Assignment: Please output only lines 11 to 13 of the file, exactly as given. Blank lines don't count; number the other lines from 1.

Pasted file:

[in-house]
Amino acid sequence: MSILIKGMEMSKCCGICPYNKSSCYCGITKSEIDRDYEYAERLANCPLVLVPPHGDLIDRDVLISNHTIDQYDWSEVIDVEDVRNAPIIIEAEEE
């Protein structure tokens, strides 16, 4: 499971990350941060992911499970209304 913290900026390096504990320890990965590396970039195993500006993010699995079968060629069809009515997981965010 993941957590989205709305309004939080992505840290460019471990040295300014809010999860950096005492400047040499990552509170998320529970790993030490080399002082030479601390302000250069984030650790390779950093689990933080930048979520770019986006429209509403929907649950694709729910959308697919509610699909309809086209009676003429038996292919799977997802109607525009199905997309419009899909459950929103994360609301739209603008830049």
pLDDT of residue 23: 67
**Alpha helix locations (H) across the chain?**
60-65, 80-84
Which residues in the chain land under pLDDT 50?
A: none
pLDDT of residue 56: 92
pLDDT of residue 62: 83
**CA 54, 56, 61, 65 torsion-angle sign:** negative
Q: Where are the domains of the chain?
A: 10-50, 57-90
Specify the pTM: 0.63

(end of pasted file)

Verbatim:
**CA 54, 56, 61, 65 torsion-angle sign:** negative
Q: Where are the domains of the chain?
A: 10-50, 57-90